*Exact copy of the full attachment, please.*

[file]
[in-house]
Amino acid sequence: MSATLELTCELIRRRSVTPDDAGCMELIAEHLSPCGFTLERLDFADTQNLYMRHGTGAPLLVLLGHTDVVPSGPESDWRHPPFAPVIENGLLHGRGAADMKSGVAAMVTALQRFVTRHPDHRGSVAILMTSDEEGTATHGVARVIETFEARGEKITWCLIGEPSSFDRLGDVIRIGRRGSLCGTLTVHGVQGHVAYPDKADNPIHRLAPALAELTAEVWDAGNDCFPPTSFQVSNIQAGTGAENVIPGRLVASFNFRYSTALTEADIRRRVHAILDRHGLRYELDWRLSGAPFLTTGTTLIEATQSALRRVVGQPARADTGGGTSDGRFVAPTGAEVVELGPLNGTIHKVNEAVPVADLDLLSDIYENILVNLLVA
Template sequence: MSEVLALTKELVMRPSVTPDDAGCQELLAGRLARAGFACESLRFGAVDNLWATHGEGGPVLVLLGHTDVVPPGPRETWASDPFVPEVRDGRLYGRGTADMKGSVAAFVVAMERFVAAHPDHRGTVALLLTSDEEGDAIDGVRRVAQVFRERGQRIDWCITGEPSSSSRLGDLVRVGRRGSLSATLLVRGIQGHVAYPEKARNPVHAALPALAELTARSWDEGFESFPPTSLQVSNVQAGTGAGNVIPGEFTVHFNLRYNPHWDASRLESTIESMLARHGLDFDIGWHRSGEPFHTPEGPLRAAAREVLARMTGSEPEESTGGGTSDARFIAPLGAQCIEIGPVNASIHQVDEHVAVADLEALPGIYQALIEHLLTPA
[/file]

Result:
[in-house]
Amino acid sequence: MSATLELTCELIRRRSVTPDDAGCMELIAEHLSPCGFTLERLDFADTQNLYMRHGTGAPLLVLLGHTDVVPSGPESDWRHPPFAPVIENGLLHGRGAADMKSGVAAMVTALQRFVTRHPDHRGSVAILMTSDEEGTATHGVARVIETFEARGEKITWCLIGEPSSFDRLGDVIRIGRRGSLCGTLTVHGVQGHVAYPDKADNPIHRLAPALAELTAEVWDAGNDCFPPTSFQVSNIQAGTGAENVIPGRLVASFNFRYSTALTEADIRRRVHAILDRHGLRYELDWRLSGAPFLTTGTTLIEATQSALRRVVGQPARADTGGGTSDGRFVAPTGAEVVELGPLNGTIHKVNEAVPVADLDLLSDIYENILVNLLVA
Template sequence: MSEVLALTKELVMRPSVTPDDAGCQELLAGRLARAGFACESLRFGAVDNLWATHGEGGPVLVLLGHTDVVPPGPRETWASDPFVPEVRDGRLYGRGTADMKGSVAAFVVAMERFVAAHPDHRGTVALLLTSDEEGDAIDGVRRVAQVFRERGQRIDWCITGEPSSSSRLGDLVRVGRRGSLSATLLVRGIQGHVAYPEKARNPVHAALPALAELTARSWDEGFESFPPTSLQVSNVQAGTGAGNVIPGEFTVHFNLRYNPHWDASRLESTIESMLARHGLDFDIGWHRSGEPFHTPEGPLRAAAREVLARMTGSEPEESTGGGTSDARFIAPLGAQCIEIGPVNASIHQVDEHVAVADLEALPGIYQALIEHLLTPA